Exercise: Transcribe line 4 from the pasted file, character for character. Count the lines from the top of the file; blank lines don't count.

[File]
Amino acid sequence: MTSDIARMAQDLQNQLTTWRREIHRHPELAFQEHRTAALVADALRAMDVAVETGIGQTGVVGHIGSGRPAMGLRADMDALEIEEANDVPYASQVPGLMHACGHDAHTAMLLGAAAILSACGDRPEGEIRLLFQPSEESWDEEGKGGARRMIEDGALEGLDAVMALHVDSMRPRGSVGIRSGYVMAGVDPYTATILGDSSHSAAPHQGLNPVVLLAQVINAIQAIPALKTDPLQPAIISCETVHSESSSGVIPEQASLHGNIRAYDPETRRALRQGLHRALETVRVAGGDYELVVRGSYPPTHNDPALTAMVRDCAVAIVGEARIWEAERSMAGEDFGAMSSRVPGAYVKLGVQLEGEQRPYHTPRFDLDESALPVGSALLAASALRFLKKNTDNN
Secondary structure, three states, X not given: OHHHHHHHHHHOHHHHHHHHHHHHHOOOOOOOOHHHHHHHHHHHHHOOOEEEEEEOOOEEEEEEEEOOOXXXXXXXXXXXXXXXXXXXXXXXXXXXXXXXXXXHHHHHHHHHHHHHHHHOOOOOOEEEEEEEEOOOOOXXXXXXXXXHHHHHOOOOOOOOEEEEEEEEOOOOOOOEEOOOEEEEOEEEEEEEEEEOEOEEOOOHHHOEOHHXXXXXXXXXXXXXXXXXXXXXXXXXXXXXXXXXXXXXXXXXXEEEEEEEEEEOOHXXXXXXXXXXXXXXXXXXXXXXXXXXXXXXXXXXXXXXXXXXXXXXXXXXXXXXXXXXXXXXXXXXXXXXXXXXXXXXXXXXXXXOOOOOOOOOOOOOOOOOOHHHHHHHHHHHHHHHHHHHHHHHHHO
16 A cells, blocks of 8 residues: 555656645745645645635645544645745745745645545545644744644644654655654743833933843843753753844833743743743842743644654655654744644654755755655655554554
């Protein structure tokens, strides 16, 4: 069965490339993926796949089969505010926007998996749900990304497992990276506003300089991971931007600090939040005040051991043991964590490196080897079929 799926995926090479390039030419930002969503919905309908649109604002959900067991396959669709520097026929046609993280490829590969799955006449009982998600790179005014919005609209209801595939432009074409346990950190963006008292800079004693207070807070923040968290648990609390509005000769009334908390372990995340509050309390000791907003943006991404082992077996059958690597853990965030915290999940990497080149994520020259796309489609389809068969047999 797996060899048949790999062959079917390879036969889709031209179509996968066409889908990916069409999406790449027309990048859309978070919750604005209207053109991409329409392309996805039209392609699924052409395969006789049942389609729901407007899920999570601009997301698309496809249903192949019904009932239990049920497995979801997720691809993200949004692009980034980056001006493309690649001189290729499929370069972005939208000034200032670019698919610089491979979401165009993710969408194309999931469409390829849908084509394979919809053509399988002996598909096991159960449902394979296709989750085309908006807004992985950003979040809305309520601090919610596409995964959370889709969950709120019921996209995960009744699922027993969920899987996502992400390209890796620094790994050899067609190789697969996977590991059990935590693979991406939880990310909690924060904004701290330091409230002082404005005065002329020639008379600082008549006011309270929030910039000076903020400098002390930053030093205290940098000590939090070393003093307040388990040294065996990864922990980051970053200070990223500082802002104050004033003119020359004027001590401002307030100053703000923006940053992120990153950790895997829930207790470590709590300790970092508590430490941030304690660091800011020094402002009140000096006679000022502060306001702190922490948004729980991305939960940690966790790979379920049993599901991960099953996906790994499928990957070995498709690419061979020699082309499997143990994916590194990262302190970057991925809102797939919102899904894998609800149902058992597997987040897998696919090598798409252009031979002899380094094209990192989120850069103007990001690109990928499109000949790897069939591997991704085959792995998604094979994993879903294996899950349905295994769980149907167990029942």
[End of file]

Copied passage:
């Protein structure tokens, strides 16, 4: 069965490339993926796949089969505010926007998996749900990304497992990276506003300089991971931007600090939040005040051991043991964590490196080897079929 799926995926090479390039030419930002969503919905309908649109604002959900067991396959669709520097026929046609993280490829590969799955006449009982998600790179005014919005609209209801595939432009074409346990950190963006008292800079004693207070807070923040968290648990609390509005000769009334908390372990995340509050309390000791907003943006991404082992077996059958690597853990965030915290999940990497080149994520020259796309489609389809068969047999 797996060899048949790999062959079917390879036969889709031209179509996968066409889908990916069409999406790449027309990048859309978070919750604005209207053109991409329409392309996805039209392609699924052409395969006789049942389609729901407007899920999570601009997301698309496809249903192949019904009932239990049920497995979801997720691809993200949004692009980034980056001006493309690649001189290729499929370069972005939208000034200032670019698919610089491979979401165009993710969408194309999931469409390829849908084509394979919809053509399988002996598909096991159960449902394979296709989750085309908006807004992985950003979040809305309520601090919610596409995964959370889709969950709120019921996209995960009744699922027993969920899987996502992400390209890796620094790994050899067609190789697969996977590991059990935590693979991406939880990310909690924060904004701290330091409230002082404005005065002329020639008379600082008549006011309270929030910039000076903020400098002390930053030093205290940098000590939090070393003093307040388990040294065996990864922990980051970053200070990223500082802002104050004033003119020359004027001590401002307030100053703000923006940053992120990153950790895997829930207790470590709590300790970092508590430490941030304690660091800011020094402002009140000096006679000022502060306001702190922490948004729980991305939960940690966790790979379920049993599901991960099953996906790994499928990957070995498709690419061979020699082309499997143990994916590194990262302190970057991925809102797939919102899904894998609800149902058992597997987040897998696919090598798409252009031979002899380094094209990192989120850069103007990001690109990928499109000949790897069939591997991704085959792995998604094979994993879903294996899950349905295994769980149907167990029942």